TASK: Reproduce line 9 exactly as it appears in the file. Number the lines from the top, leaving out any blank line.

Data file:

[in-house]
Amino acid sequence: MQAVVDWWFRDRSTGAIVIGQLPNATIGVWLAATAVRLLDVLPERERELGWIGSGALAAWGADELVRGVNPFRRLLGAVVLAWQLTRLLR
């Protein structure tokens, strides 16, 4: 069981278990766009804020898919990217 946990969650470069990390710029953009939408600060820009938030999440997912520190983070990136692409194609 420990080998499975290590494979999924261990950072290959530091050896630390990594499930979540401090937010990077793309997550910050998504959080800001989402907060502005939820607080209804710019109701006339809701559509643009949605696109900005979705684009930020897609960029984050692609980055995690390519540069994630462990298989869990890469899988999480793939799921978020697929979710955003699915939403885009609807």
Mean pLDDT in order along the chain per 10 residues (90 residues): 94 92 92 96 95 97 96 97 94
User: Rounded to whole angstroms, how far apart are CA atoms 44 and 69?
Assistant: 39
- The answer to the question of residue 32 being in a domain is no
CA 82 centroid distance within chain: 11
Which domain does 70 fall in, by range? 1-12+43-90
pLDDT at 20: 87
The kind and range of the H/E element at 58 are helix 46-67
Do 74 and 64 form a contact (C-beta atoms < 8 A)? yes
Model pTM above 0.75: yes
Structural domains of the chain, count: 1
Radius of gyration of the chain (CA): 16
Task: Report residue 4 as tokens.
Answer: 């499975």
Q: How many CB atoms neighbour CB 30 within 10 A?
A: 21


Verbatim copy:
Which domain does 70 fall in, by range? 1-12+43-90